2 September 2011, around 18.19.
paper bullets of the brain
3 September 2011, around 8.04.
After a while books grow matter of fact like everything else and we always think enviously of the days when they were new and wonderful and strange. That’s a part of existence. We lose our first keen relish for literature just as we lose it for ice-cream and confectionery. The taste grows older, wiser and more subdued. We would all wear out of very enthusiasm if it did not…
—Willa Cather on
‘William Dean Howells’
He found the inner harmony and kinship of words. Where lived another man who could blend the beautiful and the horrible, the gorgeous and the grotesque in such intricate and inexplicable fashion? Who could delight you with his noun and disgust you with his verb, thrill you with his adjective and chill you with his adverb, make you run the whole gamut of human emotions in a single sentence?
—Willa Cather on
A view (31)
6 September 2011, around 17.02.
7 September 2011, around 15.26.
A few months ago, I was reading Nikolaus Pevsner’s 1968 article on ‘The Architectural Setting of Jane Austen’s Novels’ and it got me to thinking. It must have, for here I am, still muddled by it months after the fact, which is not something that normally happens after my late-night debauches on JSTOR. In brief, the article discusses various buildings in England which may have served as models for places in Jane Austen’s novels, and it also has a rather interesting discussion of the geography of London in Jane Austen’s life and works, complete with a map showing where various characters stayed when they happened to be in town.
Pevsner also looks at the price of chimney pieces,1 and this is what has enthralled me. Now of course you remember that Mr. Collins is very pleased about his close acquaintance with Lady Catherine de Bourgh, and is fond of bragging about the lavishness of Rosings, her stately country home, with its chimney piece costing £800. Austen drops this charming fact with the nonchalance of a flirt dropping a handkerchief, and in dashes the magician Pevsner, tossing out references to the prices of chimney pieces from between 1700 and 1800. Thus we find that, indeed, the chimney piece at Rosings was very expensive, compared to the current standards of the day: perhaps three times what was spent in apparently comparable structures. This will not come as a surprise to even the most casual reader of Pride & Prejudice, but raises some small questions about the character of Mr. Collins 2. What I like about the article is that not only does Pevsner not attempt to answer these unanswerable questions, he does not bother to ask them. They are left to the reader to imagine – which is after all, the reader’s job, isn’t it?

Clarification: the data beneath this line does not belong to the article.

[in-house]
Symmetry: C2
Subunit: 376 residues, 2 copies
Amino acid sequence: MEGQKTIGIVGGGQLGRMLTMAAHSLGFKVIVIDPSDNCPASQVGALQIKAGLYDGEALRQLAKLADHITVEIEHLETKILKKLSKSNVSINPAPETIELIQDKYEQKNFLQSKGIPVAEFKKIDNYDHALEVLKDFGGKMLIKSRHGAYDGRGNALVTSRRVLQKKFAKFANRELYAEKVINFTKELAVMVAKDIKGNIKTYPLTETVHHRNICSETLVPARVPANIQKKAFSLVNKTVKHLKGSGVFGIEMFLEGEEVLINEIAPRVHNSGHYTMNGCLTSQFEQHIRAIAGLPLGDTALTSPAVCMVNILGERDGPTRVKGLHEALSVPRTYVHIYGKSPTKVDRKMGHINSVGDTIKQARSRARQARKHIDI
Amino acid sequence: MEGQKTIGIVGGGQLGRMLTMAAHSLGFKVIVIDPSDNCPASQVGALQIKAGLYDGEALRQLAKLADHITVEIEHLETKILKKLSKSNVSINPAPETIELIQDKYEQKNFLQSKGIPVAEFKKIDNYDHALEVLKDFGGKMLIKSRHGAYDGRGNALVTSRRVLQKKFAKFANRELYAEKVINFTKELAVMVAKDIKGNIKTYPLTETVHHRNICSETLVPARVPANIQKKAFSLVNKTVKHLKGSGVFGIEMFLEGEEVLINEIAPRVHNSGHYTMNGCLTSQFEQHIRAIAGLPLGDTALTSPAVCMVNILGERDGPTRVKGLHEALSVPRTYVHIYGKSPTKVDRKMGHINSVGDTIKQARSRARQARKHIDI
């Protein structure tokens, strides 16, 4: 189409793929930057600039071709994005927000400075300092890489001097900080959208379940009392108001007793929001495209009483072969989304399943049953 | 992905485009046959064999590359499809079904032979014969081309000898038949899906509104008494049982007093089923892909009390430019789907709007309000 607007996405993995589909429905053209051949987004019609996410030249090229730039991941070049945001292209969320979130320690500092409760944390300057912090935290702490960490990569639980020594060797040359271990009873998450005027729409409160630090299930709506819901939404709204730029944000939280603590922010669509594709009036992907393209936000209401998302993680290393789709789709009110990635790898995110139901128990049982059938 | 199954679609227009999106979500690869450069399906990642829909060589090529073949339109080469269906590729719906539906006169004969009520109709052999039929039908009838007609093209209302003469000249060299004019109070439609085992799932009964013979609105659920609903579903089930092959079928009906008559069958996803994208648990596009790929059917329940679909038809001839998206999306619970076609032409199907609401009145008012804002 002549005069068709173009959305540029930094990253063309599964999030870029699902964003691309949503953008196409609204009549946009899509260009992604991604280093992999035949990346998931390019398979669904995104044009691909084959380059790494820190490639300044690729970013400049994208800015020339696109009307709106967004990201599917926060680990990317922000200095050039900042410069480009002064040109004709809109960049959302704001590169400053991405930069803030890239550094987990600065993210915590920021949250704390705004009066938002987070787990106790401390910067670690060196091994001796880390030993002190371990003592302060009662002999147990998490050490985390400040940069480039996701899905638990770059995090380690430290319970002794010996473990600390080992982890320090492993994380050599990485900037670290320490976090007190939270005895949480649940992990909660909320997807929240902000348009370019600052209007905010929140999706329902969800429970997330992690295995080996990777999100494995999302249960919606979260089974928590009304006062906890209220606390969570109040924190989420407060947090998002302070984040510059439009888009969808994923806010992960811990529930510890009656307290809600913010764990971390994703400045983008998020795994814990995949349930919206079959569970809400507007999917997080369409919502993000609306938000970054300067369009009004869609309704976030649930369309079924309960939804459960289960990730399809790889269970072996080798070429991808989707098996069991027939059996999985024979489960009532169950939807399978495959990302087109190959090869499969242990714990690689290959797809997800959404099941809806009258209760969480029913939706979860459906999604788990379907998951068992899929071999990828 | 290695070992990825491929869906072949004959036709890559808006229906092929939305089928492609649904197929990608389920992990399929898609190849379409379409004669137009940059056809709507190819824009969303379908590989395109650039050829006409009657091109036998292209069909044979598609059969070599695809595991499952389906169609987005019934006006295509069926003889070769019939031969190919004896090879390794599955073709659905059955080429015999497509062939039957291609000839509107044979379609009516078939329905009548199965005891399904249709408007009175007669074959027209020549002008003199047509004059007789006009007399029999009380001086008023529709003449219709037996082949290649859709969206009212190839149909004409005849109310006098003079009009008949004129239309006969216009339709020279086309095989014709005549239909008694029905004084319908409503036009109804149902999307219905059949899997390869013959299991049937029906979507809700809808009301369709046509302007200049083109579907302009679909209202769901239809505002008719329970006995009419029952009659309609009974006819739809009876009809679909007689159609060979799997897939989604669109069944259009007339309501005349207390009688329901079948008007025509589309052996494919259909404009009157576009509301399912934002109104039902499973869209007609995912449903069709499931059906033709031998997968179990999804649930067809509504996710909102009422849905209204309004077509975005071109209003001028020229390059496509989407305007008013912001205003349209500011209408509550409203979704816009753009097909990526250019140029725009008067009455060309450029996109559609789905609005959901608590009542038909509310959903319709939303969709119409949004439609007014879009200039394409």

- On page 408, if you have rushed off to find a copy of the article in question, which I am led to understand is something of a classic. [↩]
- Because readers everywhere were waiting for subtle questions to be raised about Mr. Collins, weren’t they? [↩]
Crambe repetita (19)
8 September 2011, around 19.12.
To do any thing, to dig a hole in the ground, to plant a cabbage, to hit a mark, to move a shuttle, to work a pattern, – in a word, to attempt to produce any effect, and to succeed, has something in it that gratifies the love of power, and carries of the restless activity of the mind of man. Indolence is a delightful but distressing state. We must be doing something to be happy.